Russia-Ukraine crisis

Russian drones hit sites linked to Ukrainian nationalists

Reuters

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Russian drones hit sites linked to Ukrainian nationalists

DRONE STRIKE. A man stands next to the museum dedicated to Roman Shukhevych, leader of the Ukrainian Insurgent Army (UPA), which was destroyed by a Russian drone strike, amid Russia's attack on Ukraine, in Lviv, Ukraine January 1, 2024.

Roman Baluk/REUTERS

The National Agrarian University, where a Ukrainian hero studied, and a museum devoted to another nationalist figure are struck by Russian drones

LVIV, Ukraine – Russian drones attacked a university and a museum linked to two of the most prominent 20th century defenders of Ukrainian national identity on Monday, January 1, leaving locals vowing to repair the damage.

The first smashed windows and much of the roof at the National Agrarian University, outside the western Ukrainian city of Lviv, where Stepan Bandera – a hero in Ukraine but a villain according to the Kremlin – studied.

It hit on what would have been Bandera’s 115th birthday.

The second ravaged a nearby museum devoted to Roman Shukhevych.

Both men were key figures in nationalist resistance to Soviet rule and were associated with the Ukrainian Insurgent Army (UPA) which fought Soviet forces in World War II.

“This is the building in which Stepan Bandera attended classes. There’s a memorial plaque dedicated to Bandera, and the statue too,” 82-year-old Sofia Zdorovyk said as people cleared up the rubble around her.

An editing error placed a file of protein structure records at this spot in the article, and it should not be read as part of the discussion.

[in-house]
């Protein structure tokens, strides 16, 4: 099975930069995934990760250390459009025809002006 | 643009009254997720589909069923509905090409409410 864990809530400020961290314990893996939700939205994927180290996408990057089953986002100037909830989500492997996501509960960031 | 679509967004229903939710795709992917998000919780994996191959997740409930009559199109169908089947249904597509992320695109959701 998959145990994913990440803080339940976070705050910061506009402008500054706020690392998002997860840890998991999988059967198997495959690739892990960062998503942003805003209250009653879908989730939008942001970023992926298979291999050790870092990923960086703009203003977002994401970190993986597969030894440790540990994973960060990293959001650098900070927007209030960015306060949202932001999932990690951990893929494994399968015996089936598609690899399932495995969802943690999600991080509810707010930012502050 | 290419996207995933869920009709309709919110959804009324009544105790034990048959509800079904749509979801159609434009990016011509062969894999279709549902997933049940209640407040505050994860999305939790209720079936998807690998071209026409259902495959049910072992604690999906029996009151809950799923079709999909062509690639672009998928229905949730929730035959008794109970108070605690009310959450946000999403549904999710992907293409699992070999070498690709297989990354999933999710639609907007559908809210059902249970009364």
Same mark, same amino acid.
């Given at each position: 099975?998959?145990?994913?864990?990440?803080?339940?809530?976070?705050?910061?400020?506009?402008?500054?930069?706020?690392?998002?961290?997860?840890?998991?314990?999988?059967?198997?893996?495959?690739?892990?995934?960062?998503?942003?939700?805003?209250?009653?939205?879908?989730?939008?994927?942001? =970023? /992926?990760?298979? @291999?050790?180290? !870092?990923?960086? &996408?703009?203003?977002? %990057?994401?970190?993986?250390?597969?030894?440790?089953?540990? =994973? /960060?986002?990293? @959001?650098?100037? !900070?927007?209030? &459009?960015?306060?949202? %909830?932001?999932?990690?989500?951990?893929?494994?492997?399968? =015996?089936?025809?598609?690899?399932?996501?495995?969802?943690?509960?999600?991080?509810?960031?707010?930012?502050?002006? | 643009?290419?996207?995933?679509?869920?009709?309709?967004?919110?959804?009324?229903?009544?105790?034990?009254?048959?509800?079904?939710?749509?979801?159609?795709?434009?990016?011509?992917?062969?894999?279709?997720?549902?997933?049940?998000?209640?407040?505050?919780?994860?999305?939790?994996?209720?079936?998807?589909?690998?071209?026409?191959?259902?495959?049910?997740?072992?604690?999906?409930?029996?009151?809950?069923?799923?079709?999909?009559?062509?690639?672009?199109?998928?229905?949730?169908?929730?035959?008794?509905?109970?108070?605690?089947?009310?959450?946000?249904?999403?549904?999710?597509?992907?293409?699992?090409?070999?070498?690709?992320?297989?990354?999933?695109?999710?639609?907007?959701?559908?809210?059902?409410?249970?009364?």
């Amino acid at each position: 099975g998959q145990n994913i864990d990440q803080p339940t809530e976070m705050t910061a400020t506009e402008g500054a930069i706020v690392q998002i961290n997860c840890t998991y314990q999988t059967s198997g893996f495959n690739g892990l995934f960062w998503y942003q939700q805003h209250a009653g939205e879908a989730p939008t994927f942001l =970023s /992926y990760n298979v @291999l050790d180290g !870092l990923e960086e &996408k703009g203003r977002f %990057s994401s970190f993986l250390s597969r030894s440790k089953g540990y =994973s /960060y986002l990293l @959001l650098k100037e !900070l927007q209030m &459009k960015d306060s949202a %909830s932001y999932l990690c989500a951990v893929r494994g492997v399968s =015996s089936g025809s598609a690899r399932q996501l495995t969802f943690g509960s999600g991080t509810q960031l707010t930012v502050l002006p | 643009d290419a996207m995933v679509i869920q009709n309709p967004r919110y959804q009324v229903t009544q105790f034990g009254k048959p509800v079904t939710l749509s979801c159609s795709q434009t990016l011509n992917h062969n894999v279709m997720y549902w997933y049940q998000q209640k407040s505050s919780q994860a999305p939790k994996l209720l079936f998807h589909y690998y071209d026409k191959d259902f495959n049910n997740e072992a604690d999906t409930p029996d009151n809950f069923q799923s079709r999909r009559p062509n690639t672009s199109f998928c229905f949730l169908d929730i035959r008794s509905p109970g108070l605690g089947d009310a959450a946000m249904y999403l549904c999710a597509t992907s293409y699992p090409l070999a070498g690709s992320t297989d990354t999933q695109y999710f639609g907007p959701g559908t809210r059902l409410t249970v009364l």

“Everything that’s been going on in our country, for so many years, do they [Russia] feel better because of it? Don’t they have enough land? Natural resources? What is it that they need?”

Lviv Mayor Andriy Sadovyi described the strike on the museum as a symbolic act. “We will restore it after our victory,” he said.

Bandera was the most prominent figure in a group associated with the UPA, whose ranks swelled to 100,000 by 1944, according to historical accounts, and continued fighting Moscow’s rule until the mid-1950s. Shukhevych was the UPA’s supreme commander.

Moscow still invokes Bandera’s name to underpin its assertions that it invaded Ukraine in February 2022 to “denazify” the country, pointing to the fact that some nationalists initially cooperated with German forces in their battle against the Russians – though they later also fought the Nazis.

“Just hearing the name Bandera scares them (the Russians). It causes rage and hatred,” Vasyl Lapushniak, President of the Lviv National Agrarian University, said. “They did not scare us with this. It only united us once more and showed our strength.”

The honor of “Hero of Ukraine” was bestowed on both men in the post-Soviet period. Soldiers from the UPA’s ranks were declared “veterans” alongside Soviet Red Army soldiers.

The nationalist army’s activity has long been clouded by allegations that it carried out massacres of tens of thousands of ethnic Poles in western Ukraine’s Volyn region – part of an area that was under Polish rule between the two world wars.

Poland and Ukraine have taken measures to honor those deaths and seal a reconciliation between the two neighbors. – Rappler.com

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